Official: Government Fully Exits Stake in GM
The Obama administration unloaded its remaining shares of GM stock Monday, signaling the beginning of a new era for the now-booming American car company. The event marks the end of names like "Government Motors" and removes the stigma associated with the controversial auto industry bailout. This may boost consumer perception of the brand and ultimately increase sales. Also, GM will now be able to pay dividends on its common stock and get rid of government pay restrictions for top executives. GM issued a statement responding to the historic development, calling the end of government ownership "just one chapter" in GM's turnaround process."We will always be grateful for the second chance extended to us and we are doing our best to make the most of it," the statement read. "Today is not dramatically different from the hundreds of preceding days during which we have worked to make GM a company our country can be proud of again." The statement came from GM CEO Dan Akerson--very soon to be former CEO as of today's announcement--who thanked Treasury officials once he heard the announcement. "Continued investments, innovation, and job creation are just some of the “returns” of a healthy GM and domestic auto industry. Our work continues uninterrupted, and we will keep our sights squarely on our customers and transforming the way we do business,” the statement continued. The government exit occurred, well, earlier than earlier than expected. A year ago, it was estimated that the government would sell off all shares by April 2014. Recently, this date was pushed up to December 31 of this year. Many estimates, including one from the Center for Automotive Research, say that the GM bailout saved 1.2 million jobs. It is also estimated that the government lost $10.5 billion on its investment in GM. Source: GM, The Detroit News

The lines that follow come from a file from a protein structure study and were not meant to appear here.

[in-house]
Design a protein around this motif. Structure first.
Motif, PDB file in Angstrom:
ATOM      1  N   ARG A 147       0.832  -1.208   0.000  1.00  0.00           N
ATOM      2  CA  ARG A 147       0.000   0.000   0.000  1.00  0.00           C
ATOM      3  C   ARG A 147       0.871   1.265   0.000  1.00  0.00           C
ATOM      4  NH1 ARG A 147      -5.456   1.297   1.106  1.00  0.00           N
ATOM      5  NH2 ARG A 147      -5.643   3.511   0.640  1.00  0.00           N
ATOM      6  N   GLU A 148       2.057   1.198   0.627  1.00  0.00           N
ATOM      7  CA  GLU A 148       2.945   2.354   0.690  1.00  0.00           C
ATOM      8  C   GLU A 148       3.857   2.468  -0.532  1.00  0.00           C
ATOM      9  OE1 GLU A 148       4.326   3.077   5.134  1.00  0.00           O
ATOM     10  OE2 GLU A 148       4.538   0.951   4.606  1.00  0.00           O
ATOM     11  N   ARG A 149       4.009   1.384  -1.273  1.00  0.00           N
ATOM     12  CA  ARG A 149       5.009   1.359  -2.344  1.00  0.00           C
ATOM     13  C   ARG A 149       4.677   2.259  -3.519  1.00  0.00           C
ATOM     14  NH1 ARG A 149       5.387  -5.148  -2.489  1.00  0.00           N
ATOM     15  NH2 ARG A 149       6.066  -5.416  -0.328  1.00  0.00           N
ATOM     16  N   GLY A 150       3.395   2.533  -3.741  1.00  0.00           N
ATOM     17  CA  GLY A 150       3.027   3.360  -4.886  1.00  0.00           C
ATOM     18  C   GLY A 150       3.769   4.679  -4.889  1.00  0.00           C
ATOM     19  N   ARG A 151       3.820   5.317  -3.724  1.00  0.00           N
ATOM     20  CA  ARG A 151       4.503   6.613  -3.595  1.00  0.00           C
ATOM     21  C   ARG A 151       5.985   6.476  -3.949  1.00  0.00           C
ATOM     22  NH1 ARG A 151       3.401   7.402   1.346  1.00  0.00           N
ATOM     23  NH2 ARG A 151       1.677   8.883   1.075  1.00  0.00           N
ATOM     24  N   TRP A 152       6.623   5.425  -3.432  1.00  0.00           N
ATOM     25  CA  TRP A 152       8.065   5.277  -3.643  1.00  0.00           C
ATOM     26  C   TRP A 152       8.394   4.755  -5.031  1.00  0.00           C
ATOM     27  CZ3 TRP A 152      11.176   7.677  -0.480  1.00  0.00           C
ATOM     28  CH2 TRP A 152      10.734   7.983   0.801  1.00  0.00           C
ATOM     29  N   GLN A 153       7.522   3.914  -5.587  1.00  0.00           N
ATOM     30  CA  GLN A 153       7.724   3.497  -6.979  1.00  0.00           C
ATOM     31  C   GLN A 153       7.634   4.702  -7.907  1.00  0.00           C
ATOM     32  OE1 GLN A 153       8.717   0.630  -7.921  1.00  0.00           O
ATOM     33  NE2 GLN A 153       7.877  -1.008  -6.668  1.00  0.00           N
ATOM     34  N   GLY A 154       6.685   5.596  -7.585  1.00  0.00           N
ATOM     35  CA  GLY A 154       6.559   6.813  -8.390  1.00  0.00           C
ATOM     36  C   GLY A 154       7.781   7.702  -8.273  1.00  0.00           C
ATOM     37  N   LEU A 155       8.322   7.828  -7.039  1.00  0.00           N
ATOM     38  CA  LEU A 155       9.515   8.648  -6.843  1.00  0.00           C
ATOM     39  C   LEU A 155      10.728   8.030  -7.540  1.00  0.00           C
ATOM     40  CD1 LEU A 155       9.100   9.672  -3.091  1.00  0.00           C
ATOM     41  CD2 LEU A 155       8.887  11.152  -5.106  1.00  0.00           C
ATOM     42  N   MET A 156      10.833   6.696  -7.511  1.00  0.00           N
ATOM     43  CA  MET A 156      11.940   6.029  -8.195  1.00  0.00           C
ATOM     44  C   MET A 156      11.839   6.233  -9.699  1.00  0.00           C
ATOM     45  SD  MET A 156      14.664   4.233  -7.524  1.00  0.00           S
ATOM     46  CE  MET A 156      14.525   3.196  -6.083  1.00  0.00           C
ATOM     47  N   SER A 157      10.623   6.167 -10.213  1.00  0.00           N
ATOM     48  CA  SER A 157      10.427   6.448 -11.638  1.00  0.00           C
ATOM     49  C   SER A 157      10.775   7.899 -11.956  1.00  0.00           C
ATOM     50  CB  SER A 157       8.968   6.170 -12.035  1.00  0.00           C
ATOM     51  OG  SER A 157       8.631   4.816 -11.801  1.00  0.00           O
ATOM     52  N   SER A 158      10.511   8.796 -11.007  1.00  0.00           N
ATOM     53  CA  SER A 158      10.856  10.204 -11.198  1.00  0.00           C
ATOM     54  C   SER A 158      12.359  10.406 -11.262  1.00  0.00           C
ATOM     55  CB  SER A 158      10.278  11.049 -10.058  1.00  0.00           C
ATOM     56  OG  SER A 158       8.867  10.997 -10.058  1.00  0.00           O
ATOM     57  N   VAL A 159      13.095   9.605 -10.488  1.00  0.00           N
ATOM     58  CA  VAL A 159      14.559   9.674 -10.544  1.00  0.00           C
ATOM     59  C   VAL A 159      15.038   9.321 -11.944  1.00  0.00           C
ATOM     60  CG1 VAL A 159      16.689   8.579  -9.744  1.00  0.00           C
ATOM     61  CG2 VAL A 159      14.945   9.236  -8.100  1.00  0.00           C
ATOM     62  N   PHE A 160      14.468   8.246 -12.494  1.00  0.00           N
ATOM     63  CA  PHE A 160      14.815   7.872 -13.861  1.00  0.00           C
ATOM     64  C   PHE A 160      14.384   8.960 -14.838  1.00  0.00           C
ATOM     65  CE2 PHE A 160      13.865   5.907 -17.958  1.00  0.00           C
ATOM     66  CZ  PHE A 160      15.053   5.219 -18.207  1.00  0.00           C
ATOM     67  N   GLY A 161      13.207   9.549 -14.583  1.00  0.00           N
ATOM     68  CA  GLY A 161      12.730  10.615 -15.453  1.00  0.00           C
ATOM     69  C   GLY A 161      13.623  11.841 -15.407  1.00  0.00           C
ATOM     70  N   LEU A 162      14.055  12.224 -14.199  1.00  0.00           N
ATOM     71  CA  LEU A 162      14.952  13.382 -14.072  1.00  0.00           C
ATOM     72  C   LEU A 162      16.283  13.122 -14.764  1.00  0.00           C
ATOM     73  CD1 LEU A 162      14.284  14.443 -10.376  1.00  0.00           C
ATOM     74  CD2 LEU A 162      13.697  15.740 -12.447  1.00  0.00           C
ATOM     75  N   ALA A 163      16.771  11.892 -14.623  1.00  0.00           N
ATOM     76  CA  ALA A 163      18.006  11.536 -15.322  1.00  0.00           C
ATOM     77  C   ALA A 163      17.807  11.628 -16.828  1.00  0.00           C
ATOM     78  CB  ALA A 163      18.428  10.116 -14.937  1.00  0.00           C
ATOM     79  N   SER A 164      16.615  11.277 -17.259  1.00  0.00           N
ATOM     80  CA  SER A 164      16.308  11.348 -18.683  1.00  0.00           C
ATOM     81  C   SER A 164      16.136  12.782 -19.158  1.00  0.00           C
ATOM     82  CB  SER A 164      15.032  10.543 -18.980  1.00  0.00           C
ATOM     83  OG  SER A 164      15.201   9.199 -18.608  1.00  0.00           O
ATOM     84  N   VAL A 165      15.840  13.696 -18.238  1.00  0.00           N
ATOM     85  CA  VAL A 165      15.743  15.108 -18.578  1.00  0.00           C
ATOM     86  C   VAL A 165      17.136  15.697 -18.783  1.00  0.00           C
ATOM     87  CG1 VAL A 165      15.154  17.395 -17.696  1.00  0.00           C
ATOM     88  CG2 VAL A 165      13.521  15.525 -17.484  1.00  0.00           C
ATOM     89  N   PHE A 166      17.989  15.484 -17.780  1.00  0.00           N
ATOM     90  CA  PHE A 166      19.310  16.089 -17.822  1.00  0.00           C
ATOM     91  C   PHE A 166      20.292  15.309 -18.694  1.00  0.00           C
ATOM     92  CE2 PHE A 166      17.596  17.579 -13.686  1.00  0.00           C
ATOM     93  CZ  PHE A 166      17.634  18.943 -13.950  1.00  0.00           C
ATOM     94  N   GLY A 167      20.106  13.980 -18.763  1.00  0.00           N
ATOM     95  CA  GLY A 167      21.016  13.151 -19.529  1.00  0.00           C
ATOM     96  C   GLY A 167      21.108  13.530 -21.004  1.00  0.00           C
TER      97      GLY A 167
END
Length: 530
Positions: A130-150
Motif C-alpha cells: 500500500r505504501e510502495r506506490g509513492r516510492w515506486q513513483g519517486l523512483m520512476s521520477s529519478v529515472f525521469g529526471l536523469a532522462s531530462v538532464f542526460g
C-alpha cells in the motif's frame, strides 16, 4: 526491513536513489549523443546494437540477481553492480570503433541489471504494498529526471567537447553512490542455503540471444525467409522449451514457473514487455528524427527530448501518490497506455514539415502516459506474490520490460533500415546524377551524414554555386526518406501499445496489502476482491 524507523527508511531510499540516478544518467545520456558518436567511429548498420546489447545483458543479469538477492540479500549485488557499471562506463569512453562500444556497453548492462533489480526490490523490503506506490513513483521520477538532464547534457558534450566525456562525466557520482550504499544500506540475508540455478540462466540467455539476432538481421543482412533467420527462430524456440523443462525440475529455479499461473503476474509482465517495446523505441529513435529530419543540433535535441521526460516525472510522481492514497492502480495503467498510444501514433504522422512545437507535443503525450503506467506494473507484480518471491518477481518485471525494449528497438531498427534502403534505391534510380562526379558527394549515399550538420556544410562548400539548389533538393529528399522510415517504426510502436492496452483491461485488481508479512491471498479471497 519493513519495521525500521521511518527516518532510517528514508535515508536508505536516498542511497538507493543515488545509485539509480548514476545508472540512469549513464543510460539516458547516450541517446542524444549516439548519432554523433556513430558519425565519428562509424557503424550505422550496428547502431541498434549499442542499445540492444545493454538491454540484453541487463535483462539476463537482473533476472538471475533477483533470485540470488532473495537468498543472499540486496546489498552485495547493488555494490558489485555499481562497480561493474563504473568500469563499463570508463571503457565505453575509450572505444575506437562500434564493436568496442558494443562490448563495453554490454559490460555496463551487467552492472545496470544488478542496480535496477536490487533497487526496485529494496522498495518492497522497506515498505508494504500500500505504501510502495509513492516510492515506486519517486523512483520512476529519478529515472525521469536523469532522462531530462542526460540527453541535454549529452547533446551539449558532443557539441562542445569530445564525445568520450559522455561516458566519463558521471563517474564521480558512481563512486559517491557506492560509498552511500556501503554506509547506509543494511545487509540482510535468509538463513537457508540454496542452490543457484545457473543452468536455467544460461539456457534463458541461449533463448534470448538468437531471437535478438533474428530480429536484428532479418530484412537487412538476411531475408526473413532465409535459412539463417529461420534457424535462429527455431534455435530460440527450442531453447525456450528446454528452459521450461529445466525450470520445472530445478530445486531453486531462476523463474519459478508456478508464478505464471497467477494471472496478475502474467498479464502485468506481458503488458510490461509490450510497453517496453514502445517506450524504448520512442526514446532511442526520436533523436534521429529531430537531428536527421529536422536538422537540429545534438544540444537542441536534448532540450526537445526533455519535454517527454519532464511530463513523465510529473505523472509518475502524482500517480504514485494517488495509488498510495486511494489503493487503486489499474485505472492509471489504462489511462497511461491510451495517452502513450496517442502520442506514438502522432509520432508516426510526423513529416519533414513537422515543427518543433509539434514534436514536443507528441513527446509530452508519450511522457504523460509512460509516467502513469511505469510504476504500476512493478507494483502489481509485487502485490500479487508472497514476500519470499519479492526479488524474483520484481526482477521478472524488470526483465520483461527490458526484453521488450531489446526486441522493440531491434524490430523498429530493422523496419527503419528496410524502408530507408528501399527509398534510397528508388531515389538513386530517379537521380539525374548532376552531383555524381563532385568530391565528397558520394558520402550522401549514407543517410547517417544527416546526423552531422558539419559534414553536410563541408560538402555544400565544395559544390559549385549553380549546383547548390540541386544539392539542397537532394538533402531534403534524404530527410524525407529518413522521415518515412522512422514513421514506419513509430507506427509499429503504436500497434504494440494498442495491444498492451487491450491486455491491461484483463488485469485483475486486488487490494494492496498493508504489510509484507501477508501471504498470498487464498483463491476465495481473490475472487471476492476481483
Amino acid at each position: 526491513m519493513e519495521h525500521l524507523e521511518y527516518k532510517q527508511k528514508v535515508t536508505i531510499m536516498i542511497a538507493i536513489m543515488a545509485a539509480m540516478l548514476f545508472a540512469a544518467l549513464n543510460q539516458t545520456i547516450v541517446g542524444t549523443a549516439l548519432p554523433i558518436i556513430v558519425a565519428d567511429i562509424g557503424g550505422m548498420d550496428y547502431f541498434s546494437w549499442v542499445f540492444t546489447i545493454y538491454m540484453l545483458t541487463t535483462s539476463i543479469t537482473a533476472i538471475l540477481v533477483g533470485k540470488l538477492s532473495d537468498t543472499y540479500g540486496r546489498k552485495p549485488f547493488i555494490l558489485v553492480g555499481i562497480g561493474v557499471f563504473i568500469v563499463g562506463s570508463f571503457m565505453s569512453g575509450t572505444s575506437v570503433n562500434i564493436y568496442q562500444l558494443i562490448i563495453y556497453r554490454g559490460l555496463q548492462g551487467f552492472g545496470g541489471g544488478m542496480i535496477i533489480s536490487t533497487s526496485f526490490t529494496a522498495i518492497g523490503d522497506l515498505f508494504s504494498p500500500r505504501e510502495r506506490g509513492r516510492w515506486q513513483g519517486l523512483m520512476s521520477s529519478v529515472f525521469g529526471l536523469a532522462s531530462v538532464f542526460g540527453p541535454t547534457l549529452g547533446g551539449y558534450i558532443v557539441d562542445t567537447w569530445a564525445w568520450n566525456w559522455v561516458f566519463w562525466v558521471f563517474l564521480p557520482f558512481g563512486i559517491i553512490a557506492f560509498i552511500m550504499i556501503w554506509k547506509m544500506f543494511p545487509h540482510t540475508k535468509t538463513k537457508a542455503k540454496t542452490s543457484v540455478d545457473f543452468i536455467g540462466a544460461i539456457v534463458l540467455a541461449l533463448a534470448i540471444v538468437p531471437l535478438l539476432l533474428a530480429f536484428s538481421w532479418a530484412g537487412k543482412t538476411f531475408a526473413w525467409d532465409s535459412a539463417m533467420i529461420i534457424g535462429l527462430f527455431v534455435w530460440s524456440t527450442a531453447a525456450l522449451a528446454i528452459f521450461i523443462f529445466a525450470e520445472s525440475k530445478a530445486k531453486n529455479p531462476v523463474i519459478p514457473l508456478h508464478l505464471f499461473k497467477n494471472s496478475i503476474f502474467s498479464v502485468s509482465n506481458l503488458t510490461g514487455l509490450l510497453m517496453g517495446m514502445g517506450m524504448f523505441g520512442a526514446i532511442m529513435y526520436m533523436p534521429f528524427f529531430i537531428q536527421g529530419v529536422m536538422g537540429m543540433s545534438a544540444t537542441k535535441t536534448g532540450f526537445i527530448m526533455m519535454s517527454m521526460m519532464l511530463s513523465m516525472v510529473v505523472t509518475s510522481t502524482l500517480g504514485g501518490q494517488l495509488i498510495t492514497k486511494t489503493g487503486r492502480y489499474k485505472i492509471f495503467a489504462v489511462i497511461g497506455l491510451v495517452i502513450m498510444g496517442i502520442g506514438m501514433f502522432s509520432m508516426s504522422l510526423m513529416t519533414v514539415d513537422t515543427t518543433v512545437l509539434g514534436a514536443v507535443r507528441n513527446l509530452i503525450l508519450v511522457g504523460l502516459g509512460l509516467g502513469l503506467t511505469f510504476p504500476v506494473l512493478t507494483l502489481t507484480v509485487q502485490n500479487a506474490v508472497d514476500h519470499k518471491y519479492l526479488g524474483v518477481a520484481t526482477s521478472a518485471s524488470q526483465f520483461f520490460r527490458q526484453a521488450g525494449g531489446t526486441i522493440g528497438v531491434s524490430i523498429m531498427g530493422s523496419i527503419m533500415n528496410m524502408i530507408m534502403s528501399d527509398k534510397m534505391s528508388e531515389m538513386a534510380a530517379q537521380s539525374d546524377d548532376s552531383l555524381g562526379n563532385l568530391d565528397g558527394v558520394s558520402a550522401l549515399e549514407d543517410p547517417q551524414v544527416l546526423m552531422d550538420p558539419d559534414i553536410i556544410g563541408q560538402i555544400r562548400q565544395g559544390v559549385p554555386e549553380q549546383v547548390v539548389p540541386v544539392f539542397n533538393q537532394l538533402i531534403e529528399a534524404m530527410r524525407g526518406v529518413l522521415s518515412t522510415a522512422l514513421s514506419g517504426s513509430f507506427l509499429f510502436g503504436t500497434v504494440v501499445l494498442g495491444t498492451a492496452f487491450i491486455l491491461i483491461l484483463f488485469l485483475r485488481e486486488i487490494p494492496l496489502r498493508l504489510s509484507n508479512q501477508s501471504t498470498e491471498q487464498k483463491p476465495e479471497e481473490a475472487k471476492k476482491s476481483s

GM CEO Dan Akerson retires after turning the company around from the threat of bankruptcy.